Lyra: I am still quite new to collaborating on electronic music to be honest, so this process has been very educational for me! It’s been special to learn about SWC’s way of working and the many steps taken to achieving the final result, it’s very inspiring to be a part of.
SWC: What is your favourite song on the album, and why?
Lyra: I have to say ‘Empower and Enhance’ is quite close to me. I am in the process of getting all my work on a new Apple computer with the M1 chip. This track speaks to me of the power of becoming spiritually grounded and sure of what one desires, combined with the speed and new processing power of contemporary technology. It’s future facing, and this inspires me.
SWC: What do you think your voice has been able to contribute to this project?
Lyra: I think my voice has given the project an added layer of mysticism, blending the human and non-human and adding an extra mist of sexuality to the story that unravels on the record. It has been such a great pleasure!
Lyra: The text for the album is extremely interesting and I was very excited to hear about your process constructing this. What was your vision for the texts and how did it come together?
SWC: Stephan came up with the idea for the lyrics: cut-ups of researches on sexuality and sexology essays over the past 100 years or so, in the style of William Burroughs. The whole idea of putting together sentences about sexuality and making a story happen for each song, was such a creative process, full of accidents and surprises. Through this process of cutting up a text and re-arranging it, new structures of communication emerge. Between the words, there is a message leaking through, the possibility of an unknown language finding its way. Words gain power when they lose the boundaries of semantics.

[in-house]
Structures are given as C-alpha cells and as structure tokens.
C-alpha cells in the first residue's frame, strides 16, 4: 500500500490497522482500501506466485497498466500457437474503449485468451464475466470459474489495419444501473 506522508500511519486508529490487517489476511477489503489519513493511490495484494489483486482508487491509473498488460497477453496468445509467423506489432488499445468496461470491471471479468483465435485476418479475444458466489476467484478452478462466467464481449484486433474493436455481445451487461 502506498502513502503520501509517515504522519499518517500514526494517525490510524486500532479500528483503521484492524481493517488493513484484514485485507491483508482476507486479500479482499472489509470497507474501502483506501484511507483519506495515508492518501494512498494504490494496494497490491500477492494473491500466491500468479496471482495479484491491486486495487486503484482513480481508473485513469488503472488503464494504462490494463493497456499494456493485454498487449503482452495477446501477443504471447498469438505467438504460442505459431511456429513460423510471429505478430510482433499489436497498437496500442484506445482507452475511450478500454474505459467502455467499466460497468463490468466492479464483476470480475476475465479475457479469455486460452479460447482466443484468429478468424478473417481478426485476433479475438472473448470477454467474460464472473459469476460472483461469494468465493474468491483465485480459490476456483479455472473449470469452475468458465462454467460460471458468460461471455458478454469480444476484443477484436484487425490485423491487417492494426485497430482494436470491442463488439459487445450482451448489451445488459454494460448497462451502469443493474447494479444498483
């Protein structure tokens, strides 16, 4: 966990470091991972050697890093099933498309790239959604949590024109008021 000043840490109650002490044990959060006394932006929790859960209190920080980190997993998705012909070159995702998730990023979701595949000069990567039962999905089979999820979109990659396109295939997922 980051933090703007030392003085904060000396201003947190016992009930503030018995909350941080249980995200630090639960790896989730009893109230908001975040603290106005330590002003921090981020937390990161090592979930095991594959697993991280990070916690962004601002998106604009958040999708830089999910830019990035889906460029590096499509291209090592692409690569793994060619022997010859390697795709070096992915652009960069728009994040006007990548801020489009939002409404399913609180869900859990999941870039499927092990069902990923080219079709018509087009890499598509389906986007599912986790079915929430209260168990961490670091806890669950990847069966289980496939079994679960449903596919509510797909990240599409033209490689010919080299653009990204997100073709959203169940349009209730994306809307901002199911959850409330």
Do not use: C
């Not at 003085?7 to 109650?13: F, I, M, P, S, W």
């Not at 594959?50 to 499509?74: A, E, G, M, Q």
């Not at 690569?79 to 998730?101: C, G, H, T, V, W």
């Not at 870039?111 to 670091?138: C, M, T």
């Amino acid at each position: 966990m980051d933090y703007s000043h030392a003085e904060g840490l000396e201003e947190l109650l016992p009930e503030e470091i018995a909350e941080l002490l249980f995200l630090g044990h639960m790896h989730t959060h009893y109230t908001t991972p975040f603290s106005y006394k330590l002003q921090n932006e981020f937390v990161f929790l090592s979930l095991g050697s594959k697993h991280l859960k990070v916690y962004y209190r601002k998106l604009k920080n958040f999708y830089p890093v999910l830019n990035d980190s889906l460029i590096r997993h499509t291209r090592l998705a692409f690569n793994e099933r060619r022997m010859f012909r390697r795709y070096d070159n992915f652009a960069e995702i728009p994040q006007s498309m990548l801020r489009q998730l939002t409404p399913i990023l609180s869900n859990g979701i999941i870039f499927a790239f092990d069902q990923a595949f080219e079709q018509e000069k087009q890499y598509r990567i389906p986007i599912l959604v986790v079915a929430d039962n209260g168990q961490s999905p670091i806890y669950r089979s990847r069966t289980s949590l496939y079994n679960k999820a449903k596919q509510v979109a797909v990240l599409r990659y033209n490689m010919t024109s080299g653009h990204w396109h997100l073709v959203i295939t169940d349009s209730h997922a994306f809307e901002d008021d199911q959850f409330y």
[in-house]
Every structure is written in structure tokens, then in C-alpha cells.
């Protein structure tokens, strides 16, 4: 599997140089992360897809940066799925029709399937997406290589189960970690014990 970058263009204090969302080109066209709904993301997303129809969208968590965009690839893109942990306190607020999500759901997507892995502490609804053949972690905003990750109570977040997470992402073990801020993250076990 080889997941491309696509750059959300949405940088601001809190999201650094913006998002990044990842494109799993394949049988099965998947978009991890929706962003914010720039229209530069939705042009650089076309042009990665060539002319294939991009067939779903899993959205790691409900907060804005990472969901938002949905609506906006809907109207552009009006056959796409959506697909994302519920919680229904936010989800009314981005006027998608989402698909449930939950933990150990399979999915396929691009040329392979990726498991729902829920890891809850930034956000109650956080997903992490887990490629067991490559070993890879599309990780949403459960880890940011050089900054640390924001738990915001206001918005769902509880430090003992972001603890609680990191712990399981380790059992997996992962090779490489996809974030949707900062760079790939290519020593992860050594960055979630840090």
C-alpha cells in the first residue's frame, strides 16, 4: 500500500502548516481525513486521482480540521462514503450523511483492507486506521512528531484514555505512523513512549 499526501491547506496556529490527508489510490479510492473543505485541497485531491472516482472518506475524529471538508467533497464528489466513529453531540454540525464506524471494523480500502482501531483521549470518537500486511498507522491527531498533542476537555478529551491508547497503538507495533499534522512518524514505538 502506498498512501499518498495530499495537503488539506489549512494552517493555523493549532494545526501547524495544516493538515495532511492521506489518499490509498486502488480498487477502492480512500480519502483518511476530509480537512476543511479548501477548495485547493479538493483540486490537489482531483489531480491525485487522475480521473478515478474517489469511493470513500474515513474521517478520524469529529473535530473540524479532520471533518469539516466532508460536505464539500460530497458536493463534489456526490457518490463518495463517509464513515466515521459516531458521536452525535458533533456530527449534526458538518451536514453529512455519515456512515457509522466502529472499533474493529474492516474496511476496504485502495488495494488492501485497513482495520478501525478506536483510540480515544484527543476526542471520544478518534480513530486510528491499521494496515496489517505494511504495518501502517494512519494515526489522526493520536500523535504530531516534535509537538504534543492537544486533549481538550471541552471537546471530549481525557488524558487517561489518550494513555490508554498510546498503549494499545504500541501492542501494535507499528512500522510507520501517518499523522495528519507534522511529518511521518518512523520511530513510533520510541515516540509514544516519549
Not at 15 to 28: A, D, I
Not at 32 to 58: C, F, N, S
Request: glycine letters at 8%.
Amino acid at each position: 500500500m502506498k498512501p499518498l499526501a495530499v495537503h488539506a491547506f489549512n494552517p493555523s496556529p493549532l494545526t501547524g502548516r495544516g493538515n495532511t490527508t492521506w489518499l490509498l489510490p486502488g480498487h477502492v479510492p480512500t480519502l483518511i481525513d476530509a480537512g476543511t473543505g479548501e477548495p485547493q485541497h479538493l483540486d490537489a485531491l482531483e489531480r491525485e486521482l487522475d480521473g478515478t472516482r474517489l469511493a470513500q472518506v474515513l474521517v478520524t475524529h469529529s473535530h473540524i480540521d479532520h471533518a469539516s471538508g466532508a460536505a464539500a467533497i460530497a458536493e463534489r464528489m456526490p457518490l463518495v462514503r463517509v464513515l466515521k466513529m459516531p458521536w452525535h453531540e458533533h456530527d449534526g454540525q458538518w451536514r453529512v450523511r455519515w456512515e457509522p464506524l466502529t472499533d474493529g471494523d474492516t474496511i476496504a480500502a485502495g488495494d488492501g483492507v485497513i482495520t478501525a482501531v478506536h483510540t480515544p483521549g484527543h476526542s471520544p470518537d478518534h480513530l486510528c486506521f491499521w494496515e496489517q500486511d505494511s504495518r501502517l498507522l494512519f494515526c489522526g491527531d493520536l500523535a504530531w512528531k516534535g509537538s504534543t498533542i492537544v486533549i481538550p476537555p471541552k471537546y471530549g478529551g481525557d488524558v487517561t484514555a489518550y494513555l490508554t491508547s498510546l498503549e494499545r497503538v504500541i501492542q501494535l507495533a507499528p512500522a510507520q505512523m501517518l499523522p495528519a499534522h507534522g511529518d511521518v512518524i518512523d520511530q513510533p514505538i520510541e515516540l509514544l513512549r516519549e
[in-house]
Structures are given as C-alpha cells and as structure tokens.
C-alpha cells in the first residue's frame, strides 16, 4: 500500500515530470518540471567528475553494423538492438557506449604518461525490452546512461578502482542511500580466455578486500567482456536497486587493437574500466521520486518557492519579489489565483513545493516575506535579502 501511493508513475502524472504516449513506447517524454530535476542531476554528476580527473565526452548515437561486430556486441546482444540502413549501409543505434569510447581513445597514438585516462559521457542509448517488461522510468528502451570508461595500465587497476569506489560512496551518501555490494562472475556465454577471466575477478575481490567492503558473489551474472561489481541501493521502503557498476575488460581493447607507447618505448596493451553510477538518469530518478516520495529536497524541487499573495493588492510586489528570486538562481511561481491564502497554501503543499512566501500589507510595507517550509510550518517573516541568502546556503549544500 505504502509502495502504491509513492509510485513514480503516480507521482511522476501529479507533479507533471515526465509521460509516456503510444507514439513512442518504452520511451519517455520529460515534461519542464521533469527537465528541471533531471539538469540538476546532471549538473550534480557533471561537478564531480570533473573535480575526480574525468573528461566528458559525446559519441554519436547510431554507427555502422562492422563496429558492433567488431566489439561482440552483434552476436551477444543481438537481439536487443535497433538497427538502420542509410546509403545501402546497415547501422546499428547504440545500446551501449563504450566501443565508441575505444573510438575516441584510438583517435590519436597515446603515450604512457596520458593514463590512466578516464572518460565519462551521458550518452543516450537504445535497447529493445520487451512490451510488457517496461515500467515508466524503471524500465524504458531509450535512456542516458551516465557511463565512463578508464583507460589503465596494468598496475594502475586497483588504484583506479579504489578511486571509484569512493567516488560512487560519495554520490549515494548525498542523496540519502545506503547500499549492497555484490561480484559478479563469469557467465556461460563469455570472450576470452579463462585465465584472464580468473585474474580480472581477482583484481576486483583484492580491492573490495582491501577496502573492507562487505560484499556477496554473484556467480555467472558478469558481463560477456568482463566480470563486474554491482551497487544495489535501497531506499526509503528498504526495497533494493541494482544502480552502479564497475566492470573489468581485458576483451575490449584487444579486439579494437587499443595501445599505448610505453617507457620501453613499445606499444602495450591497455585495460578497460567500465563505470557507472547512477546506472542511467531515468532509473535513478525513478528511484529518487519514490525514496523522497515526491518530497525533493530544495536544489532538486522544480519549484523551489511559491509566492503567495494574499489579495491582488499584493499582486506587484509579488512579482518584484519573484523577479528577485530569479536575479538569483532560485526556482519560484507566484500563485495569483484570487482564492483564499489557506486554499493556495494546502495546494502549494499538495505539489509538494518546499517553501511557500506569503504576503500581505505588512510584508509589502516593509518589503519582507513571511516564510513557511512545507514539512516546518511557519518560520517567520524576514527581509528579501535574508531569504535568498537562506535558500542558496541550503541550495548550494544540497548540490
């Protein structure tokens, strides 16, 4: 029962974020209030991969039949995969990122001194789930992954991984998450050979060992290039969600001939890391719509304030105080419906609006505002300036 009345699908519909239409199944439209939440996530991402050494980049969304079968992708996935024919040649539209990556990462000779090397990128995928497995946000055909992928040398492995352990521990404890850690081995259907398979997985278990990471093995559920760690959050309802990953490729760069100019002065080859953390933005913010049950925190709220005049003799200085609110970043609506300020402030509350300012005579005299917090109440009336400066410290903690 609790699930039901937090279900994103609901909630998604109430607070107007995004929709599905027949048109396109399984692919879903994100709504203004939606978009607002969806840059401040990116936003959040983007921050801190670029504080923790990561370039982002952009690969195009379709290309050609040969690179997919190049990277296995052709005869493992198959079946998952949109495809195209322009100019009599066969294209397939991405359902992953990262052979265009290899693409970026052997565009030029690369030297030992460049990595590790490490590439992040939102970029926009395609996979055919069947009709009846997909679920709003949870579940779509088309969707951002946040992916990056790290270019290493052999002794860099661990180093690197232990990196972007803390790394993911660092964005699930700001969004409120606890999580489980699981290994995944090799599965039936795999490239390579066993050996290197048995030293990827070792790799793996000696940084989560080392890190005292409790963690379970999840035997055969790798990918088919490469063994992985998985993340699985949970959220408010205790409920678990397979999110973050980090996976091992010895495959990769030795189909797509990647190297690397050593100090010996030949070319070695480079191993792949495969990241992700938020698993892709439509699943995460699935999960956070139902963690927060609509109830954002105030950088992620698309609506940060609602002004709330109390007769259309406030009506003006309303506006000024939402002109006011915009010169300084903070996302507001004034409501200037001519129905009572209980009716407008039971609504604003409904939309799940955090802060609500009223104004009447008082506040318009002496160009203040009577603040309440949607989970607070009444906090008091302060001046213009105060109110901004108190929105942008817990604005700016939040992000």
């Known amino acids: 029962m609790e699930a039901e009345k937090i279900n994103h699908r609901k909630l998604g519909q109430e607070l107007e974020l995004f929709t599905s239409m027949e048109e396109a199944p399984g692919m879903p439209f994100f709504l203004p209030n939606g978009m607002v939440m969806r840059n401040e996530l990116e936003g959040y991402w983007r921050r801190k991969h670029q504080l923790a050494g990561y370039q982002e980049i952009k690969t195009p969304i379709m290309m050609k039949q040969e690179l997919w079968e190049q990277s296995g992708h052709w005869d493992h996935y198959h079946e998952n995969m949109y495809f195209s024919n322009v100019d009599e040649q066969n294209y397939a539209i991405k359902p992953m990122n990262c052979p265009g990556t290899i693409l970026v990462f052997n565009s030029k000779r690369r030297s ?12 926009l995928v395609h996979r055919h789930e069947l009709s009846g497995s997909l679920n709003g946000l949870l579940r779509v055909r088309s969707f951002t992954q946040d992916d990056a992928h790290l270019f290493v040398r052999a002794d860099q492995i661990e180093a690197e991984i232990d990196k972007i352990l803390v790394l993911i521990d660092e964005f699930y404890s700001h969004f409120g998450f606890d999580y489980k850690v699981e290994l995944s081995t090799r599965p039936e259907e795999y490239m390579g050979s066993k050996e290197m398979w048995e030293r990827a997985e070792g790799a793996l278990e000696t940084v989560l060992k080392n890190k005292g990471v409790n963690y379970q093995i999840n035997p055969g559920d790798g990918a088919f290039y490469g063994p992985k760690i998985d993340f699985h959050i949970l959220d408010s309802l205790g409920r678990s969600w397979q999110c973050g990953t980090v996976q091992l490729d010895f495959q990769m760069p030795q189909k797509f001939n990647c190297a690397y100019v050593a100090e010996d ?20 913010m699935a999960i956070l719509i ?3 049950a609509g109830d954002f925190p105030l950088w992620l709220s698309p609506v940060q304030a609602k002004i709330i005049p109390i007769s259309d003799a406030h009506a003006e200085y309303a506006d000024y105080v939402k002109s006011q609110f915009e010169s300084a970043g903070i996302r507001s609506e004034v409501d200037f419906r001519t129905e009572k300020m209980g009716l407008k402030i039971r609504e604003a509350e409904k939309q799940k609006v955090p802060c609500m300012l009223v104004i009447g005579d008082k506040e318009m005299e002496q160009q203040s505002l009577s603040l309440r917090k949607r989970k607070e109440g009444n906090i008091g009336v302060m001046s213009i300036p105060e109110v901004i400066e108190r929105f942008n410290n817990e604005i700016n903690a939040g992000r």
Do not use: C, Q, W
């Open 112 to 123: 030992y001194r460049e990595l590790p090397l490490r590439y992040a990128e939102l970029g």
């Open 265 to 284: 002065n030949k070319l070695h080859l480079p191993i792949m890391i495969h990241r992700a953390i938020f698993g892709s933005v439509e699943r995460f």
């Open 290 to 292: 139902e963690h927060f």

The physical act of cutting up systematically rewired linguistic structure and form, revealing submerged meanings and a sense of déjà vu. Burroughs saw human consciousness as a cut-up, sexuality as a cut-up and reality itself as cut-up.
Lyra: What are any of your favorite poetic lines that occur at any point across the listening experience of Lovotic?
SWC: Hmm.. there are so many. And it’s interesting how often times they acquire new meanings as you read them again over time.. At a first glance you think you’ve understood them, but then you find yourself wondering..
Some favourites that instantly come to mind:
‘The eyes of absence’
‘The north star wonders south’
‘To understand the act of procreation is to seize truth whole’
‘I am for you and you are for me’
‘The mind focuses on experiencing the lip sound of breathing’
‘The birds fled from me, everything perishes’
‘You are poured from Nairobi gold, black night, red dawn’
‘Lose yourself in sexual translation, sweet disorder’ – these last ones are the ones that you sing, Lyra, so beautiful end entrancing.
Lyra: You work often with many different artists in multiple phases to construct a final vision for the album and for each track. How did you approach the various phases of collaboration for Lovotic?
SWC: Well, as in all our projects, it has been a process of multiple layers and phases, as a continuous and repeated expansion. We rework the material over and over and over. Often times eliminating, replacing, re-recording, adding, multiplying.. It’s hard to know when to stop, and every time is a full dive both emotionally and psychologically, but also technically. Collaboration is always a true mind-opener, and also a saviour – in that, when things work out, you are able to instantly see how what you are doing is bouncing off the other person in the most interesting and inspiring of ways. This is also means reassurance, and the possibility of exponential growth.